- The Washington Times - Sunday, August 13, 2006

EDEN PRAIRIE, Minn. (AP) — Haven Herrin would seem to be an ideal candidate for military recruiters.

She can easily run five miles and was valedictorian of her college class. “Frankly, I’m exactly the kind of person the military says it wants,” she said.

But when Miss Herrin tried to sign up for the Minnesota National Guard, she was turned down because she told the recruiter she is a lesbian — a revelation that tripped the military’s “don’t ask, don’t tell” policy banning openly homosexual service members.

Her admission was the opening round of a nationwide campaign against the 13-year-old policy by a group of young activists. In the next few months, homosexual men and women in their late teens and early 20s will attempt to enlist at recruiting offices in 30 cities. They also will disclose their sexual orientation.

If they are rebuffed, the activists plan to stage sit-ins at the offices, hoping to attract press coverage and support from a public they think increasingly opposes the ban.

Organizers have dubbed the campaign Right to Serve. It was conceived by Miss Herrin and Jacob Reitan, the 24-year-old young adult coordinator for the Virginia-based homosexual rights group called Soulforce.

The Pentagon’s policy on homosexuals is “as clear-cut an example of discrimination that you could find,” Mr. Reitan said. “No one can deny it, and it’s happening every day.”

The policy, signed into law by President Clinton, requires homosexual service members to keep their sexual preference hidden and refrain from same-sex sexual conduct.

The military is prohibited from asking recruits about their sexual orientation, and commanders are limited in their ability to investigate rumors or accusations of homosexuality in the ranks.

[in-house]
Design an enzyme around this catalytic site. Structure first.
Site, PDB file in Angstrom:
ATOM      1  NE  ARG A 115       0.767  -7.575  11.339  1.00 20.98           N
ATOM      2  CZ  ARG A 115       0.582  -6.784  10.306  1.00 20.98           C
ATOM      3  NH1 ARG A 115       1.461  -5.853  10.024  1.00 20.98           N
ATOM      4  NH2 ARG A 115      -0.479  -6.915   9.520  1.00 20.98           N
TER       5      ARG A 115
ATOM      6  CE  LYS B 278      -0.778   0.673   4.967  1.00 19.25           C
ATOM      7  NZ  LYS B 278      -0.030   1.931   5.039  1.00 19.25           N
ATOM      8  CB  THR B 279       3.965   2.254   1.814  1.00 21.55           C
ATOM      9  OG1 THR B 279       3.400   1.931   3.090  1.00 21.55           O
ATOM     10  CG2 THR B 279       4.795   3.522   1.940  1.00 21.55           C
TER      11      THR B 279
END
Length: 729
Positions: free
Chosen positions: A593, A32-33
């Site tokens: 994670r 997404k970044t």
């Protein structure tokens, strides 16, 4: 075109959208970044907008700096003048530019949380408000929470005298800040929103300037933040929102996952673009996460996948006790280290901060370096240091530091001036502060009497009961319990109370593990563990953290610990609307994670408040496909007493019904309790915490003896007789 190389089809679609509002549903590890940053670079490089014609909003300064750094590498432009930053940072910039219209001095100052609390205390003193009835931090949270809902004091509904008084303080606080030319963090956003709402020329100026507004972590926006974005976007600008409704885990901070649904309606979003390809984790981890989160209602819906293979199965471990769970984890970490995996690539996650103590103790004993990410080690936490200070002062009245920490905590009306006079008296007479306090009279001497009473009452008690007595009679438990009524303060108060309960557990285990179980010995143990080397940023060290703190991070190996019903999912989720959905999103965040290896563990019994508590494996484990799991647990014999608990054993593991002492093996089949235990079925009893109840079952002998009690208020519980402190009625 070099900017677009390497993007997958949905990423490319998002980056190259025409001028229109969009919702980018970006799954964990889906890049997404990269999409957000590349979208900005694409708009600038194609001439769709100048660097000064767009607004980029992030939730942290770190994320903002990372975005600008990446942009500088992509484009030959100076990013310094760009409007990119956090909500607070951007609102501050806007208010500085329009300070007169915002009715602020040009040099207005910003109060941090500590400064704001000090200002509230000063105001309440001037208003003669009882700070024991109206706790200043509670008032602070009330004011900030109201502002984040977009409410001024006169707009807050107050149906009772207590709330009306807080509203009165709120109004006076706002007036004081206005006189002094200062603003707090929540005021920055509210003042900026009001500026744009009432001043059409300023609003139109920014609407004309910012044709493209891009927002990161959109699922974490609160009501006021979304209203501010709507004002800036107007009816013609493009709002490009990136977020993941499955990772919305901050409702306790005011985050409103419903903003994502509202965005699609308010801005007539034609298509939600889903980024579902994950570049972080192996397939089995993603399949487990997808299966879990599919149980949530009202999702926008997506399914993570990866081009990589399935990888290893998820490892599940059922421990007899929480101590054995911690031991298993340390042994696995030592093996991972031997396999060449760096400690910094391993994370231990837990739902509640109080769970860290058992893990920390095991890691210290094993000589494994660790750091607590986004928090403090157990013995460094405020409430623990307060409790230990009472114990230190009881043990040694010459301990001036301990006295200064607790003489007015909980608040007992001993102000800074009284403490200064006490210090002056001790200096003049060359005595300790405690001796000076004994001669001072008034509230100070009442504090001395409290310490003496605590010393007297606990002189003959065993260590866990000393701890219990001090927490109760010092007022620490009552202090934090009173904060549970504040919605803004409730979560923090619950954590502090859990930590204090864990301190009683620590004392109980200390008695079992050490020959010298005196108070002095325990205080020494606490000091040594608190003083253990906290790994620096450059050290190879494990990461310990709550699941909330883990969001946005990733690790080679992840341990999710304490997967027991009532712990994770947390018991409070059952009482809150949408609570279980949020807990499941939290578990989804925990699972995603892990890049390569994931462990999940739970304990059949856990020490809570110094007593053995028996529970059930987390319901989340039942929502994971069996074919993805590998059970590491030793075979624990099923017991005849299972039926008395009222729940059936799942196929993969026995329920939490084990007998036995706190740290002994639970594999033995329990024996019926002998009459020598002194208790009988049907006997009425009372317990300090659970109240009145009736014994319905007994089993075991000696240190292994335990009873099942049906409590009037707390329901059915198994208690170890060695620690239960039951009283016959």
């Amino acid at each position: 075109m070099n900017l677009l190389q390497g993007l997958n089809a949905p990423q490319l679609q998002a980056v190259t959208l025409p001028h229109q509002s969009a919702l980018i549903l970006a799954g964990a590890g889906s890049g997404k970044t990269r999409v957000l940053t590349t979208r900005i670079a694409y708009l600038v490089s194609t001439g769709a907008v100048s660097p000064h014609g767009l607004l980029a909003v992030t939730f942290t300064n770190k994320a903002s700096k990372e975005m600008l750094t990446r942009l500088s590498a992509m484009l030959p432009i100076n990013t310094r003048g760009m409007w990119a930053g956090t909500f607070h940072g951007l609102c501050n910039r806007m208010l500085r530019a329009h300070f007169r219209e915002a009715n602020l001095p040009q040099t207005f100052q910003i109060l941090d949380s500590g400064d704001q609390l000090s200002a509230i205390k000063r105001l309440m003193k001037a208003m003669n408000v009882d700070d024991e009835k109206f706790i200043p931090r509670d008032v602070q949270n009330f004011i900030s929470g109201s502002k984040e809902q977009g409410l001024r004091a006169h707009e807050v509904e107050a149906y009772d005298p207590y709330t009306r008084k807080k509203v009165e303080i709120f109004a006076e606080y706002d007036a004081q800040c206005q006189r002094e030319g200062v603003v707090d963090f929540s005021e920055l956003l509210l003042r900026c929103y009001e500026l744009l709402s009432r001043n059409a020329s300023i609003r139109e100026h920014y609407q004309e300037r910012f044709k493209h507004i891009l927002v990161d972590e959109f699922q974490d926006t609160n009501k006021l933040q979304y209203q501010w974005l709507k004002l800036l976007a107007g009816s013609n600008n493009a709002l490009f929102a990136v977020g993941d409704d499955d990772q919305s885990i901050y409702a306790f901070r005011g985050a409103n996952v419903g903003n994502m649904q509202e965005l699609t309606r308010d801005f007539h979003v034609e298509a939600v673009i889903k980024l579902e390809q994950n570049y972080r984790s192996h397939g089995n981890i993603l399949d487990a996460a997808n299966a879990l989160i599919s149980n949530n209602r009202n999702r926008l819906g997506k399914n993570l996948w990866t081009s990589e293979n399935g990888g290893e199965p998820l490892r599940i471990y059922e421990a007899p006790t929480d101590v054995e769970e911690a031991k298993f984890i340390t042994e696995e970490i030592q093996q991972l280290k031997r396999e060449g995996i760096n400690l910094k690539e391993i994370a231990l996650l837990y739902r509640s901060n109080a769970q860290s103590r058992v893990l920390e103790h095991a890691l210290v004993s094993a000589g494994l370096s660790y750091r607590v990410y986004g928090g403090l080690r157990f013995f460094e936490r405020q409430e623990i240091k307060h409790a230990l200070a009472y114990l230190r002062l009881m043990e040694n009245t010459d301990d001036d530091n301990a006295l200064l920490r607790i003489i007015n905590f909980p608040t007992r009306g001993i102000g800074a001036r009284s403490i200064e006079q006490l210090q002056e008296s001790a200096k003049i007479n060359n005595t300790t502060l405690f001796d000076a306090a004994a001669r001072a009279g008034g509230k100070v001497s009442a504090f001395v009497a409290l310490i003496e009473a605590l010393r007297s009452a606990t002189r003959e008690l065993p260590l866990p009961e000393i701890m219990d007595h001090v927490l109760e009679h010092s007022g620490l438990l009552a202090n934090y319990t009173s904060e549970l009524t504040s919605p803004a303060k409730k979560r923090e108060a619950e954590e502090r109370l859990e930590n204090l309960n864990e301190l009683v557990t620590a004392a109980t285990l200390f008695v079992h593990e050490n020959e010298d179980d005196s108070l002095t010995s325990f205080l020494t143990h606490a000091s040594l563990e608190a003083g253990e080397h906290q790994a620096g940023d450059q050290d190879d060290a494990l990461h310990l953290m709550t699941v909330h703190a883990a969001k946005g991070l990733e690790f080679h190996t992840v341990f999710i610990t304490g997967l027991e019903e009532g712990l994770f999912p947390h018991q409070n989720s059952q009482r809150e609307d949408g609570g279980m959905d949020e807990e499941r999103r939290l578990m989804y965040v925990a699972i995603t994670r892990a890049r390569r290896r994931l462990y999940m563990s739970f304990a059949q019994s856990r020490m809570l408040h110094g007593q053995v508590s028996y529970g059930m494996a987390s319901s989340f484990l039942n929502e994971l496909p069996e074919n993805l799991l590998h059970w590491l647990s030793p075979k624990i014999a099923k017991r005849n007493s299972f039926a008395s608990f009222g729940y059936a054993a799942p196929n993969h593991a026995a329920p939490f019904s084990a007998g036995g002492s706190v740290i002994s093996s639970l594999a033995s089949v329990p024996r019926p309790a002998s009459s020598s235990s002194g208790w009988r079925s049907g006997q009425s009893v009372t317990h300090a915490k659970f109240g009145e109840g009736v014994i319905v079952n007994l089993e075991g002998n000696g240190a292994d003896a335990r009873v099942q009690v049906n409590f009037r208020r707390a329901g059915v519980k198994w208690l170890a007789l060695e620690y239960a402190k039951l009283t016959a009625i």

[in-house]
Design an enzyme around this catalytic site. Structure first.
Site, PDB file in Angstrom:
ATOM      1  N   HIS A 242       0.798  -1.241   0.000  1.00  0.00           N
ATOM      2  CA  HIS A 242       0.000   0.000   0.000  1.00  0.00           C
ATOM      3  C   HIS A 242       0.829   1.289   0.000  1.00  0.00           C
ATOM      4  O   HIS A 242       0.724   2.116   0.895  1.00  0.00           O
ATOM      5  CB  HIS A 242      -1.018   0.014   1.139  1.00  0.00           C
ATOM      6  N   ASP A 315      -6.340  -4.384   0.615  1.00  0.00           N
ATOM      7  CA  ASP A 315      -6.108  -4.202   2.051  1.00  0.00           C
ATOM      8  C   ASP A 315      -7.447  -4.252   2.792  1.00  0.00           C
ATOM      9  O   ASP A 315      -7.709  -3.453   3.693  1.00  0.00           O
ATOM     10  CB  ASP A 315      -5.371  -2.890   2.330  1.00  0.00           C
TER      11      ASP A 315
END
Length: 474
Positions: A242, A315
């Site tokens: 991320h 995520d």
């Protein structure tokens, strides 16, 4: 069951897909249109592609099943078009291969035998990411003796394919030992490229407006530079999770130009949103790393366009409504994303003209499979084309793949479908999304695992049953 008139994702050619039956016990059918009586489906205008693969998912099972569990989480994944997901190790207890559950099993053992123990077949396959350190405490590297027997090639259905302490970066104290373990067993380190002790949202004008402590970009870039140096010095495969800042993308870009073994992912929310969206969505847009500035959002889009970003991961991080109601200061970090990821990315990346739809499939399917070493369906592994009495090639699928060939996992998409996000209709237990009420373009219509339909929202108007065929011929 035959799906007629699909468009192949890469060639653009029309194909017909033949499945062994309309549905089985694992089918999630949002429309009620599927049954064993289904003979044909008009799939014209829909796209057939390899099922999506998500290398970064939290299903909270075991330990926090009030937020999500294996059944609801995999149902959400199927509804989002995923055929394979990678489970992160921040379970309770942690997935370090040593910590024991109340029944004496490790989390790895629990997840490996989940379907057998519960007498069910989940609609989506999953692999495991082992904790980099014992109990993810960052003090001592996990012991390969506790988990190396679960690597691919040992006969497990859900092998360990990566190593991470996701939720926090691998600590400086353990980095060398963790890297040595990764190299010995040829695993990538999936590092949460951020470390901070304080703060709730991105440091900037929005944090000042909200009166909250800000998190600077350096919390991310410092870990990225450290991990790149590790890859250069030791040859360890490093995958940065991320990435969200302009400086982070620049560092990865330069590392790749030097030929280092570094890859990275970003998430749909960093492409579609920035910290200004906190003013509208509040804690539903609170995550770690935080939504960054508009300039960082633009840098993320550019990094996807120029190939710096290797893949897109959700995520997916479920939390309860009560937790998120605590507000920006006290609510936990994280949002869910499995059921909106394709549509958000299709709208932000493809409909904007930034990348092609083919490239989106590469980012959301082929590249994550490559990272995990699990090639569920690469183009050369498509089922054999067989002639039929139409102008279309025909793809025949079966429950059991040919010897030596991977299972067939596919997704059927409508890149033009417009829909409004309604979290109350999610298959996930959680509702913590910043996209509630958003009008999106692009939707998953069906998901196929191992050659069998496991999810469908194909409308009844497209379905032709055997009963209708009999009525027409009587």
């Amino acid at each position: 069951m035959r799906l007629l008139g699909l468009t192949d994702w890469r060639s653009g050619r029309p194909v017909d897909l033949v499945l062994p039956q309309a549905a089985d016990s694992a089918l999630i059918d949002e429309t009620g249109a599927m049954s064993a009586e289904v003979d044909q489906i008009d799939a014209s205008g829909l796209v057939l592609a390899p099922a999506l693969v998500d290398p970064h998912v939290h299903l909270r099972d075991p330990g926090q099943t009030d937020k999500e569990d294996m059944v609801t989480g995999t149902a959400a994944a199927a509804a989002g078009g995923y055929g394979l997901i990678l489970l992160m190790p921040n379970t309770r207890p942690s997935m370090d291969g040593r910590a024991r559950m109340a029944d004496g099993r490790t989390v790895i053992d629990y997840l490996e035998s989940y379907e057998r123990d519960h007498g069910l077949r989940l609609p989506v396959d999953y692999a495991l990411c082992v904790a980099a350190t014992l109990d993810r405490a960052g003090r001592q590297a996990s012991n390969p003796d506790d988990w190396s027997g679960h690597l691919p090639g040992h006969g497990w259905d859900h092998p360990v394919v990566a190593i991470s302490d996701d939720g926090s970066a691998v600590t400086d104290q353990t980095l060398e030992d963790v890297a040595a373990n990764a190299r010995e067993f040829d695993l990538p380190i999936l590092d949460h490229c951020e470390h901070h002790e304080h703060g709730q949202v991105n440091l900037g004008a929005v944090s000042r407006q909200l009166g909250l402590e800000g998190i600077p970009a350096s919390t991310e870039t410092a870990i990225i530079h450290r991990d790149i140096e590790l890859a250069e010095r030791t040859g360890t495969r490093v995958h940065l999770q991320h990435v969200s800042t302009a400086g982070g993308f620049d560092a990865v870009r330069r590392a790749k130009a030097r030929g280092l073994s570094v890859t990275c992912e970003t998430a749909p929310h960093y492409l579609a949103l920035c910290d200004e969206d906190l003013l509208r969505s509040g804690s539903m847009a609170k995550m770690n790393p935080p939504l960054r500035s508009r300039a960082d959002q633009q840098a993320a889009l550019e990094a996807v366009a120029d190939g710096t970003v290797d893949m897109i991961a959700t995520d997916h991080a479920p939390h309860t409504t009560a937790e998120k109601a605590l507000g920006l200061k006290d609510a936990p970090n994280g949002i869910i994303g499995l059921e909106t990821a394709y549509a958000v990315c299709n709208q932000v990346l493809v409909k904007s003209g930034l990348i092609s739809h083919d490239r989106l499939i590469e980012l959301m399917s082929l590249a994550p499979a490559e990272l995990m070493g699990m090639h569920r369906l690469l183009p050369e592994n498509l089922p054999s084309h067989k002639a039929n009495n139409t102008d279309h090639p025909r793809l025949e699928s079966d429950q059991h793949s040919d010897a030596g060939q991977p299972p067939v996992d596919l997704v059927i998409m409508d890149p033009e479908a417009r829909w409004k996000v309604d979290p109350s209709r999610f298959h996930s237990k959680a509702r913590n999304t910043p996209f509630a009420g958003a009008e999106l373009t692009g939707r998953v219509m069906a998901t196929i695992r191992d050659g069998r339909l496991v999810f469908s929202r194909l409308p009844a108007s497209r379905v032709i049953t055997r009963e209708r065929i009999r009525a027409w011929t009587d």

Since the policy was adopted, more than 11,000 homosexual service members have been discharged, according to the Service Members Legal Defense Network, which is opposed to the policy. Critics argue that in many cases military officials have violated the spirit of the law, pursuing service members based on rumors or innuendo.

“Even service members who try to keep their end of the deal — who ‘don’t tell’ — are being routinely subjected to malicious outings and investigations,” said Steve Ralls, spokesman for the network.

Even its supporters acknowledge that don’t ask, don’t tell isn’t perfect.

“It’s like what Churchill said about democracy — it’s the worst system possible, except for all the other ones,” said Charles Moskos, a military sociologist at Northwestern University who helped craft the policy.

But, Mr. Moskos said, allowing openly homosexual service members would hurt the morale of the military rank and file and make many recruits uncomfortable.

“There are few situations in life where you’re forced to live in intimate circumstances not of your choosing,” he said.

The Right to Serve activists know they are in for a lengthy battle. President Bush supports don’t ask, don’t tell, and legislation in Congress to overturn it has few supporters from the Republican majority.

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